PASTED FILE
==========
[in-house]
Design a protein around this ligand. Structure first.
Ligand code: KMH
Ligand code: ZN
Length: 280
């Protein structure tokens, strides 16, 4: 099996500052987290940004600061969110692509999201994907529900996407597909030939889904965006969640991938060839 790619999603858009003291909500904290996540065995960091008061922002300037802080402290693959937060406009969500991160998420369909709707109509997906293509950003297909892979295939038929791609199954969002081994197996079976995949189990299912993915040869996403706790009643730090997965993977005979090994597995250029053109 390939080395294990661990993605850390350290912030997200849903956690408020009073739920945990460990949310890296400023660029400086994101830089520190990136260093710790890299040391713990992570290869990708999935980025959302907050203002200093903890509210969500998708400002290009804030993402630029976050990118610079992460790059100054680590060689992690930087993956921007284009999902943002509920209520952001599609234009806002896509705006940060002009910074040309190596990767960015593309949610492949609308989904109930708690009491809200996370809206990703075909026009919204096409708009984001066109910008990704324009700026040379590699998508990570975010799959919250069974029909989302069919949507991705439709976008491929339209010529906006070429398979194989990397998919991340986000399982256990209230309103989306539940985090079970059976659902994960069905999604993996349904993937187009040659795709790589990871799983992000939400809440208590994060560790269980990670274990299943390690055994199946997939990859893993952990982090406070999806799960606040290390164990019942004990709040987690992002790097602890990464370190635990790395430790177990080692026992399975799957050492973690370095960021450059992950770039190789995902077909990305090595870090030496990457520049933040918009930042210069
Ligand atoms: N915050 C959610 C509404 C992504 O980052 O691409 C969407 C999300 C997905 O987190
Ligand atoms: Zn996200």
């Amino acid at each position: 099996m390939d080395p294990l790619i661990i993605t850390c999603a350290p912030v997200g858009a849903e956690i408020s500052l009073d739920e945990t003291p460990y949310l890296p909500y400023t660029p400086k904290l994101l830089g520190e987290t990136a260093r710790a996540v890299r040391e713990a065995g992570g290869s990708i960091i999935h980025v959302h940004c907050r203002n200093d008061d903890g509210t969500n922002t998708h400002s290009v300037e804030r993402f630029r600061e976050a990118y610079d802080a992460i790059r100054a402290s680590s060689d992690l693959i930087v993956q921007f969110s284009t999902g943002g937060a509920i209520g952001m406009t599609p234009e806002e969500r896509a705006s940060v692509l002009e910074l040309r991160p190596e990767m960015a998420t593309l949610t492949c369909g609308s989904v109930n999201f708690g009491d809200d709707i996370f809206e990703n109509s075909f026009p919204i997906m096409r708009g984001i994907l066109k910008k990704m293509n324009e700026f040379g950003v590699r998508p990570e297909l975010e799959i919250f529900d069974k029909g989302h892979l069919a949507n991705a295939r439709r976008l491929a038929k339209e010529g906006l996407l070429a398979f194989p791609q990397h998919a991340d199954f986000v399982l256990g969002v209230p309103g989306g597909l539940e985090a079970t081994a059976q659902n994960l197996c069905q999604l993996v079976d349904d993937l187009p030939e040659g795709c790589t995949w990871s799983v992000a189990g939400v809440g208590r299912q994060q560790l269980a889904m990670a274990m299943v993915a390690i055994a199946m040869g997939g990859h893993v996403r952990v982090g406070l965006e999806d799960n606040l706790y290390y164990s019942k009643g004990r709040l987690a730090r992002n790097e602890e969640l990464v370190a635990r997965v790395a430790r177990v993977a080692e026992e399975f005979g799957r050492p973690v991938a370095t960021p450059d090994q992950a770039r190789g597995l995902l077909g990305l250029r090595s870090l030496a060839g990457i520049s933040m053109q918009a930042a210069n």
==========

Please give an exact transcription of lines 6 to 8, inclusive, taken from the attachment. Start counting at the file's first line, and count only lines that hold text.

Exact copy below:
């Protein structure tokens, strides 16, 4: 099996500052987290940004600061969110692509999201994907529900996407597909030939889904965006969640991938060839 790619999603858009003291909500904290996540065995960091008061922002300037802080402290693959937060406009969500991160998420369909709707109509997906293509950003297909892979295939038929791609199954969002081994197996079976995949189990299912993915040869996403706790009643730090997965993977005979090994597995250029053109 390939080395294990661990993605850390350290912030997200849903956690408020009073739920945990460990949310890296400023660029400086994101830089520190990136260093710790890299040391713990992570290869990708999935980025959302907050203002200093903890509210969500998708400002290009804030993402630029976050990118610079992460790059100054680590060689992690930087993956921007284009999902943002509920209520952001599609234009806002896509705006940060002009910074040309190596990767960015593309949610492949609308989904109930708690009491809200996370809206990703075909026009919204096409708009984001066109910008990704324009700026040379590699998508990570975010799959919250069974029909989302069919949507991705439709976008491929339209010529906006070429398979194989990397998919991340986000399982256990209230309103989306539940985090079970059976659902994960069905999604993996349904993937187009040659795709790589990871799983992000939400809440208590994060560790269980990670274990299943390690055994199946997939990859893993952990982090406070999806799960606040290390164990019942004990709040987690992002790097602890990464370190635990790395430790177990080692026992399975799957050492973690370095960021450059992950770039190789995902077909990305090595870090030496990457520049933040918009930042210069
Ligand atoms: N915050 C959610 C509404 C992504 O980052 O691409 C969407 C999300 C997905 O987190
Ligand atoms: Zn996200």